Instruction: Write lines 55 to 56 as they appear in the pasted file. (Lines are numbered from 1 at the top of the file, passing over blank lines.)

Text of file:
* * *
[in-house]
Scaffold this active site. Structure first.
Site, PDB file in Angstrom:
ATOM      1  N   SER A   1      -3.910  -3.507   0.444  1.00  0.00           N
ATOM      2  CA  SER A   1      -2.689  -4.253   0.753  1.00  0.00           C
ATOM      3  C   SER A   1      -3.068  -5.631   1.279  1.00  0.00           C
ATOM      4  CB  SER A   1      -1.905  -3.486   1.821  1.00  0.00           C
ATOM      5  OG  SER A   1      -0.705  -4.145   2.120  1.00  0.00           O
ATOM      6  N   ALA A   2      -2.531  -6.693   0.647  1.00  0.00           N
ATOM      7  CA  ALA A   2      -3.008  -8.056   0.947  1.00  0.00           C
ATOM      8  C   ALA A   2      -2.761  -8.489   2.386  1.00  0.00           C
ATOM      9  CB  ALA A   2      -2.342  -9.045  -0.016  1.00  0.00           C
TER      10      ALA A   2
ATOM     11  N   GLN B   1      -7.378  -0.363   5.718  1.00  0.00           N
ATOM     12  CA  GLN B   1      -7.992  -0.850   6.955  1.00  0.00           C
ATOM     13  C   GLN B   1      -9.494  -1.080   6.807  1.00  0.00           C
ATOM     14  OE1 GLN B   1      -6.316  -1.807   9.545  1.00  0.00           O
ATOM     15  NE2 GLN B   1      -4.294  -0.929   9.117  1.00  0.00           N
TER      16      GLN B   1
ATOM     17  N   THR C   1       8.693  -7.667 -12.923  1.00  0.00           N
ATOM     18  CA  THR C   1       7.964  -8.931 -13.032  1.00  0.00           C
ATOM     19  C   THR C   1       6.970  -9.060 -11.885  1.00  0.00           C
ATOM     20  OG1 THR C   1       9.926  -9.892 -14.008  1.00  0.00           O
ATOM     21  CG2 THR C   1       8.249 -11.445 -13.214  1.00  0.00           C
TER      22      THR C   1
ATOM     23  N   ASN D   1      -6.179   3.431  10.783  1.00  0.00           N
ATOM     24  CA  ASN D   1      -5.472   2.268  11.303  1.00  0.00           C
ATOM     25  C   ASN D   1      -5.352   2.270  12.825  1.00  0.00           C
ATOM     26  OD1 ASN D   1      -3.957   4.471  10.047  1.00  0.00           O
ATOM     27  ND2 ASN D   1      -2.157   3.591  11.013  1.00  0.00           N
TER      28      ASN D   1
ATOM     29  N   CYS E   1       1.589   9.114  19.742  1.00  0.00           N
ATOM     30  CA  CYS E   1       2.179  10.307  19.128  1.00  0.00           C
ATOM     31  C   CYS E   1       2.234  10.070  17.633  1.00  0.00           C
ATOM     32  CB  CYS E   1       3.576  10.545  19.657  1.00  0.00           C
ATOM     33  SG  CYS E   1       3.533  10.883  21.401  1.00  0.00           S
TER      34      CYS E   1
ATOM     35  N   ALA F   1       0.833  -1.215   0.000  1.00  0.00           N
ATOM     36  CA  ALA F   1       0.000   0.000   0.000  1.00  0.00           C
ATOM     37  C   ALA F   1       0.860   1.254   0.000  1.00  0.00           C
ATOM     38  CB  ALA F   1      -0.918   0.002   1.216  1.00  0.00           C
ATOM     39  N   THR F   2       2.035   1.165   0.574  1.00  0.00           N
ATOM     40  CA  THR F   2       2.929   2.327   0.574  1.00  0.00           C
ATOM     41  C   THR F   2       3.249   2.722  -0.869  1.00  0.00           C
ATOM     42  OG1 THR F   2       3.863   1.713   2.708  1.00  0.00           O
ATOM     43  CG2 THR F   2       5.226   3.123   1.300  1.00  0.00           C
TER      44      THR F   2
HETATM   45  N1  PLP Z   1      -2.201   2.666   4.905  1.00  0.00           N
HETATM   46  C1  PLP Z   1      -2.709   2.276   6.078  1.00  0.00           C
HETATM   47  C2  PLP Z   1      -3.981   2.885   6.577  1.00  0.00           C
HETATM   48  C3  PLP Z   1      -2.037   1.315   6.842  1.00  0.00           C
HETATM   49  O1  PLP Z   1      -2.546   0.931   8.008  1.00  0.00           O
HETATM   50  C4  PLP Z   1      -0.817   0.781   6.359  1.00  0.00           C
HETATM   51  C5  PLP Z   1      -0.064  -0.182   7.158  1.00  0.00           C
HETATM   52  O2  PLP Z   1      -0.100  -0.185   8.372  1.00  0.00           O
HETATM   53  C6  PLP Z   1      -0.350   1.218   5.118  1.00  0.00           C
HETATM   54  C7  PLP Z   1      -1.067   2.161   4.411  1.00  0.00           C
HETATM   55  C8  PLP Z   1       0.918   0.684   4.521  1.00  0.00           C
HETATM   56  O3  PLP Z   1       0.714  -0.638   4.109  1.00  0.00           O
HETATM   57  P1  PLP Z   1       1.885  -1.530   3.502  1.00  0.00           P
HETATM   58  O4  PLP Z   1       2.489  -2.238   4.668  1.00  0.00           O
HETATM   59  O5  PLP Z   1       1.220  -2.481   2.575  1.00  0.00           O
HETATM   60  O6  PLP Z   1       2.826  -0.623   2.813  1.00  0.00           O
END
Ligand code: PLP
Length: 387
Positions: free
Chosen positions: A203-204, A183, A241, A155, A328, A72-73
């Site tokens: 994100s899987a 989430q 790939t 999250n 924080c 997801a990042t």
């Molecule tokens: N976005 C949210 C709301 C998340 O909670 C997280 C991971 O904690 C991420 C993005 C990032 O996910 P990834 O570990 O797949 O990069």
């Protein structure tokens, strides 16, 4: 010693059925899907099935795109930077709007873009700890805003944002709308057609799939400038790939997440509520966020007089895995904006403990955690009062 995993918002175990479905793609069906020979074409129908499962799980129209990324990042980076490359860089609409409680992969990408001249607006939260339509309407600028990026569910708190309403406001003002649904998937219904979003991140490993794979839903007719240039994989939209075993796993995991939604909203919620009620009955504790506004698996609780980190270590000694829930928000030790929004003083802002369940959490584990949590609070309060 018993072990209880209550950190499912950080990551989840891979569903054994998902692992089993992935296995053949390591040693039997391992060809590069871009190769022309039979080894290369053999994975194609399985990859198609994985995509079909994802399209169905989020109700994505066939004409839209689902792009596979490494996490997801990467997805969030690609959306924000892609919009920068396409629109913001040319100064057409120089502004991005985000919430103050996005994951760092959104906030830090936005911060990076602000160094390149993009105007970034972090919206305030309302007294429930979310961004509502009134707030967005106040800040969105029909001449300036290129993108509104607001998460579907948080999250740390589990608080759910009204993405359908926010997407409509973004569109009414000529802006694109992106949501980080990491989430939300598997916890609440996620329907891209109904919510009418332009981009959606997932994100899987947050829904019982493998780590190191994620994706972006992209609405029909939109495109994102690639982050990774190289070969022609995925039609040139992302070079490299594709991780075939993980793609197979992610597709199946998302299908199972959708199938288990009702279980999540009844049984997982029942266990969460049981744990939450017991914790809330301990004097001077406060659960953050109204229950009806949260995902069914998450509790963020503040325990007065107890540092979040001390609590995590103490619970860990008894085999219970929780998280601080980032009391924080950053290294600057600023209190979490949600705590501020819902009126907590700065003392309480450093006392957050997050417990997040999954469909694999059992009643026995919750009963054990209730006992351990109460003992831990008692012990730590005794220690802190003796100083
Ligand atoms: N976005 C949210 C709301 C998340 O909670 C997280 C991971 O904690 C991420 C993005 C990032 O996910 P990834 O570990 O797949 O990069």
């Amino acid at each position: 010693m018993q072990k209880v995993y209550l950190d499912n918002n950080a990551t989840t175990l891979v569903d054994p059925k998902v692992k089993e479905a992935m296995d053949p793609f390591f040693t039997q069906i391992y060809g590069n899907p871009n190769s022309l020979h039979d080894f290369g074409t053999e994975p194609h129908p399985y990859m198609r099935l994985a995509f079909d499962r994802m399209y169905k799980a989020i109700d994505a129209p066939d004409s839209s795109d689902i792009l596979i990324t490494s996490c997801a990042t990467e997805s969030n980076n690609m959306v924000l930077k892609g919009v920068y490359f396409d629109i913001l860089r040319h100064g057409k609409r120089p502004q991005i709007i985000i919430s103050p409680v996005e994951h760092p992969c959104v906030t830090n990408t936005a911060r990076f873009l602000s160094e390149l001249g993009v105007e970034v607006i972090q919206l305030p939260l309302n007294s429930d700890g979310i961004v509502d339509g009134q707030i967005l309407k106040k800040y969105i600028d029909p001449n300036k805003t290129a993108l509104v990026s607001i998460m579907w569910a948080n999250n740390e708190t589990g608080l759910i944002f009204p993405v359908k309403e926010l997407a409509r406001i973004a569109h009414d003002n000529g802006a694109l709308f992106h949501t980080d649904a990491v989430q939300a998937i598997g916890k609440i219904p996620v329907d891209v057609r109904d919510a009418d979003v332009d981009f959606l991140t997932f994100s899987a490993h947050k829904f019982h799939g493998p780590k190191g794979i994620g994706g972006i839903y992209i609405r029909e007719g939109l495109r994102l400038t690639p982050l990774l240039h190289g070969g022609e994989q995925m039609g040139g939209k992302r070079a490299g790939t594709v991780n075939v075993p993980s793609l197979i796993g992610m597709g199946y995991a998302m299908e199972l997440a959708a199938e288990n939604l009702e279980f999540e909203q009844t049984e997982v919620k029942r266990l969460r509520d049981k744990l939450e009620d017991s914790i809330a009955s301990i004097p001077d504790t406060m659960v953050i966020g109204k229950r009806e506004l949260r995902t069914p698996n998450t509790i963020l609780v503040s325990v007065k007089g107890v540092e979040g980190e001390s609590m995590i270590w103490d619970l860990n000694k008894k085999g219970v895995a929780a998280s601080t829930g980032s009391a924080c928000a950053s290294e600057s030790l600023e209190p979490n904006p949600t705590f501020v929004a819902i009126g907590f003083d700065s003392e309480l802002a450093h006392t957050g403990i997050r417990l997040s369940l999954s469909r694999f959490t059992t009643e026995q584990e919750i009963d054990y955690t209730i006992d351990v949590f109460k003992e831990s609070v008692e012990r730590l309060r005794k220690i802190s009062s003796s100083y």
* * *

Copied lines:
HETATM   52  O2  PLP Z   1      -0.100  -0.185   8.372  1.00  0.00           O
HETATM   53  C6  PLP Z   1      -0.350   1.218   5.118  1.00  0.00           C